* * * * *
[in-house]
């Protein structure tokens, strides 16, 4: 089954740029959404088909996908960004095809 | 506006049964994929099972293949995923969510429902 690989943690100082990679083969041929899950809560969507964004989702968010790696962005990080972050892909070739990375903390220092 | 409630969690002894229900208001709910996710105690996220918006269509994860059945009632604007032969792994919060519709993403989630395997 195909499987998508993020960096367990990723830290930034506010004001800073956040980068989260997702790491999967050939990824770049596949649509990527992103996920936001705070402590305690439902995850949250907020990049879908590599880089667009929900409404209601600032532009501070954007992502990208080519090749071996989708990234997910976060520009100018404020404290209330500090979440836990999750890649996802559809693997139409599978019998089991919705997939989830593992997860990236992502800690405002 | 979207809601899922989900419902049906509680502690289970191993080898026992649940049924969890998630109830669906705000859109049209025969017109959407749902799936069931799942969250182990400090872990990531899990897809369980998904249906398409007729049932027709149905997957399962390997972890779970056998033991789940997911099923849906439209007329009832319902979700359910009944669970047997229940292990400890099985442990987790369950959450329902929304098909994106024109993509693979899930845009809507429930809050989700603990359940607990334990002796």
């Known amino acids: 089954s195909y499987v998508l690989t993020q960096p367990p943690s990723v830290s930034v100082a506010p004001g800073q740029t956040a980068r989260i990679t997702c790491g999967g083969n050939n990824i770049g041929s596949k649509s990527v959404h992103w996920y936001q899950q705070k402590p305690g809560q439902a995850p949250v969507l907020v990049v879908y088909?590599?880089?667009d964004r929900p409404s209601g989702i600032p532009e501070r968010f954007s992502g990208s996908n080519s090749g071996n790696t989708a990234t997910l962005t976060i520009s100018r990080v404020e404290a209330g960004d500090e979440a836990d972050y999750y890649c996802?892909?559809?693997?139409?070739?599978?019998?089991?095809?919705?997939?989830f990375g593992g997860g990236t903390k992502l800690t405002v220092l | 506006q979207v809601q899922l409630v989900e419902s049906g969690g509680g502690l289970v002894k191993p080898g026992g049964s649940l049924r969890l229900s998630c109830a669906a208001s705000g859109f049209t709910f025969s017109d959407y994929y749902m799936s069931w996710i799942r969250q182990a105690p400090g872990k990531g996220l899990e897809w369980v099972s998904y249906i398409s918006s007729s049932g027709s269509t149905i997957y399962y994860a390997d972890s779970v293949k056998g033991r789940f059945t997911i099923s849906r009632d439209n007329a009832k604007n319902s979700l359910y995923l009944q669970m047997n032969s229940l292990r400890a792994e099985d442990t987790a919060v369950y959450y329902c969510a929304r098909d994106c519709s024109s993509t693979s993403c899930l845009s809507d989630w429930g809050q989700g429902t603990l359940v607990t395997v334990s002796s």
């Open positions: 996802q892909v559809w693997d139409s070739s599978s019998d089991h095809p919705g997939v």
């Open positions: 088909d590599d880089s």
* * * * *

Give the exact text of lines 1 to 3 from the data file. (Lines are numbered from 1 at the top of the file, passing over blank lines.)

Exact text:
[in-house]
């Protein structure tokens, strides 16, 4: 089954740029959404088909996908960004095809 | 506006049964994929099972293949995923969510429902 690989943690100082990679083969041929899950809560969507964004989702968010790696962005990080972050892909070739990375903390220092 | 409630969690002894229900208001709910996710105690996220918006269509994860059945009632604007032969792994919060519709993403989630395997 195909499987998508993020960096367990990723830290930034506010004001800073956040980068989260997702790491999967050939990824770049596949649509990527992103996920936001705070402590305690439902995850949250907020990049879908590599880089667009929900409404209601600032532009501070954007992502990208080519090749071996989708990234997910976060520009100018404020404290209330500090979440836990999750890649996802559809693997139409599978019998089991919705997939989830593992997860990236992502800690405002 | 979207809601899922989900419902049906509680502690289970191993080898026992649940049924969890998630109830669906705000859109049209025969017109959407749902799936069931799942969250182990400090872990990531899990897809369980998904249906398409007729049932027709149905997957399962390997972890779970056998033991789940997911099923849906439209007329009832319902979700359910009944669970047997229940292990400890099985442990987790369950959450329902929304098909994106024109993509693979899930845009809507429930809050989700603990359940607990334990002796």
């Known amino acids: 089954s195909y499987v998508l690989t993020q960096p367990p943690s990723v830290s930034v100082a506010p004001g800073q740029t956040a980068r989260i990679t997702c790491g999967g083969n050939n990824i770049g041929s596949k649509s990527v959404h992103w996920y936001q899950q705070k402590p305690g809560q439902a995850p949250v969507l907020v990049v879908y088909?590599?880089?667009d964004r929900p409404s209601g989702i600032p532009e501070r968010f954007s992502g990208s996908n080519s090749g071996n790696t989708a990234t997910l962005t976060i520009s100018r990080v404020e404290a209330g960004d500090e979440a836990d972050y999750y890649c996802?892909?559809?693997?139409?070739?599978?019998?089991?095809?919705?997939?989830f990375g593992g997860g990236t903390k992502l800690t405002v220092l | 506006q979207v809601q899922l409630v989900e419902s049906g969690g509680g502690l289970v002894k191993p080898g026992g049964s649940l049924r969890l229900s998630c109830a669906a208001s705000g859109f049209t709910f025969s017109d959407y994929y749902m799936s069931w996710i799942r969250q182990a105690p400090g872990k990531g996220l899990e897809w369980v099972s998904y249906i398409s918006s007729s049932g027709s269509t149905i997957y399962y994860a390997d972890s779970v293949k056998g033991r789940f059945t997911i099923s849906r009632d439209n007329a009832k604007n319902s979700l359910y995923l009944q669970m047997n032969s229940l292990r400890a792994e099985d442990t987790a919060v369950y959450y329902c969510a929304r098909d994106c519709s024109s993509t693979s993403c899930l845009s809507d989630w429930g809050q989700g429902t603990l359940v607990t395997v334990s002796s």